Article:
A new stage in the pilgrimage of the World Youth Day symbols began on Sunday 22 November—symbols which will visit Portugal and other Portuguese-speaking countries as part of the spiritual preparation for World Youth Day in Lisbon in 2023. The traditional handing on of the Cross, along with a copy of the icon Maria Salus Populi Romani (the two symbols of WYD) took place in the presence of the Holy Father at the end of Mass on the Solemnity of Christ the King.
“This is an important step in the pilgrimage that will lead us to Lisbon in 2023,” said Pope Francis during the ceremony.
Leading the preparation for the next World Youth Day, two small delegations of Central American and Portuguese youth were present at the Eucharistic celebration. They were joined by the patriarch of Lisbon, Cardinal Manuel Clemente; and two auxiliary bishops of Lisbon, Bishop Americo Aguiar and Bishop Joaquim Mendes.
Through the live coverage of Vatican News, young people from all over the world were able to participate spiritually in the Mass; along with youth ministry leaders of episcopal conferences and international ecclesial movements, who from Wednesday through Saturday met “virtually” during the international online meeting organised by our Dicastery: “From Panama to Lisbon—called to missionary synodality.”
During the homily of the mass, the Pope also invited young people not to give up on their big dreams. “Let’s not settle for what is merely required. The Lord does not want us to narrow our horizons, He does not want us parked on the sidelines of life, but rather running towards high goals with joy and audacity. We are not made to dream of vacations or weekends, but we are made to fulfil God’s dreams in this world,” said the Pope, reminding young people that great dreams have their origins in the great choices of daily life: “Banal choices lead to a banal life, great choices make life great. In fact, we become what we choose, for better or for worse. (…) If we choose God we become more beloved every day, and if we choose to love we become happy.”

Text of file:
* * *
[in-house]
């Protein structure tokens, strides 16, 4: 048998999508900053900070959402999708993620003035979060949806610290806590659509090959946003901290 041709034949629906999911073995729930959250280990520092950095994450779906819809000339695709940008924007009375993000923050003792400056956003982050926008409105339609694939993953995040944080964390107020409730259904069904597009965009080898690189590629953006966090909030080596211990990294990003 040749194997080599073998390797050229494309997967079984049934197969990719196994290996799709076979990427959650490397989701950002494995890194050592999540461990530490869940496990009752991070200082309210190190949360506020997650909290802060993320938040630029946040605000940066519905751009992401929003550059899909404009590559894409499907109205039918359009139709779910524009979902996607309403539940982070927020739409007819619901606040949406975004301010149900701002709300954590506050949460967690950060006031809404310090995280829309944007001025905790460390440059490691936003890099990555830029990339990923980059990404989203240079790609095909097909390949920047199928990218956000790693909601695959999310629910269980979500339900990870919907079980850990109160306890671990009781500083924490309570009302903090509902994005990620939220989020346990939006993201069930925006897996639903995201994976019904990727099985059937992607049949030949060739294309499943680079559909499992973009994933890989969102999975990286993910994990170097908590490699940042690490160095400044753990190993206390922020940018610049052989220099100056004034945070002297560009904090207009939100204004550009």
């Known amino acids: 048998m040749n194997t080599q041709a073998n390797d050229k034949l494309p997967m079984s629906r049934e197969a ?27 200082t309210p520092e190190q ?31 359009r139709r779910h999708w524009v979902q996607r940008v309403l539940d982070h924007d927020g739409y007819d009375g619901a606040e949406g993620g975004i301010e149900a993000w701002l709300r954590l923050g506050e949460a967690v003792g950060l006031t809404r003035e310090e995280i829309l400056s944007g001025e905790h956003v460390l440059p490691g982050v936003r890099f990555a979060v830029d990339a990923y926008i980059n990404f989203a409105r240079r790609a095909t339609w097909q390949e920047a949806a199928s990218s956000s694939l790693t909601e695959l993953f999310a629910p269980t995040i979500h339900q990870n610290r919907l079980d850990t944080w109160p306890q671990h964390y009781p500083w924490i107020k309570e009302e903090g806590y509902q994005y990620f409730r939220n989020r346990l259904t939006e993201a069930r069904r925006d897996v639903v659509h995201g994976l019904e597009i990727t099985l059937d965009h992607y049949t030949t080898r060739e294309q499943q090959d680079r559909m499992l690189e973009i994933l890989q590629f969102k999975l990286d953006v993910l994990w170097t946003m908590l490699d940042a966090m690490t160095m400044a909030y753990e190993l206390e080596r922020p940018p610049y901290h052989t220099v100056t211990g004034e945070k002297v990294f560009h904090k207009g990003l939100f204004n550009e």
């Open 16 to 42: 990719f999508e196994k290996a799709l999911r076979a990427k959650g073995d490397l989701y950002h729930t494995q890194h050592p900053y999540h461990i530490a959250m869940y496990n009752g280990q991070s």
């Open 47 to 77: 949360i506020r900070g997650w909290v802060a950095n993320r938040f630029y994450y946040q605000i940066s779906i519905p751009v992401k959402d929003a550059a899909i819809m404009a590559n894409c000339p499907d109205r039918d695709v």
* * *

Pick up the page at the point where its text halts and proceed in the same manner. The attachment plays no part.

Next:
The handing on of the World Youth Day symbols and the international meeting were initially scheduled for April 2020, but had been postponed due to the ongoing global health emergency.
For years, the Cross and the icon of Maria Salus Populi Romani have accompanied the preparations for the international World Youth Day gatherings.
The presentation of the symbols to the young people of the diocese which will hosts the next World Youth Day would always take place at the end of the Palm Sunday celebration presided over by the Holy Father in St. Peter’s Square.
This tradition dates back to 1984 when, at the end of the Jubilee Year of the Redemption, Pope John Paul II entrusted young people with the Jubilee Cross, known today as the WYD Cross, which has been at the centre of each international World Youth Day ever since.
In 2003, the Holy Father also offered young people a copy of the icon of Maria Salus Populi Romani, which is placed beside the Cross in its pilgrimages around the world.
Diocesan World Youth Days to be celebrated on the Solemnity of Christ the King
During the Mass, Pope Francis announced that starting in 2021, diocesan World Youth Days are to be celebrated on the Solemnity of Christ the King.
35 years after the institution of World Youth Day, the annual diocesan celebration of World Youth Day in local Churches will move from Palm Sunday to the Solemnity of Christ the King
“And as we prepare for the next intercontinental World Youth Day, I would like to relaunch its celebration in local Churches.”
With this announcement, Pope Francis reiterated the invitation to young people, who are called to be witnesses of the Christian faith: “Dear young people, cry out with your life that Christ lives and reigns! If you keep silent, the stones will cry out!” said the Pontiff.
The last World Youth Day was held in Panama in January 2019; while the next one, planned for 2023, will take place in Lisbon, Portugal.
View images from the transfer of the World Youth Day icons from the Dicastery for Laity, Family and Life here or below.
With thanks to the Dicastery for Laity, Family and Life.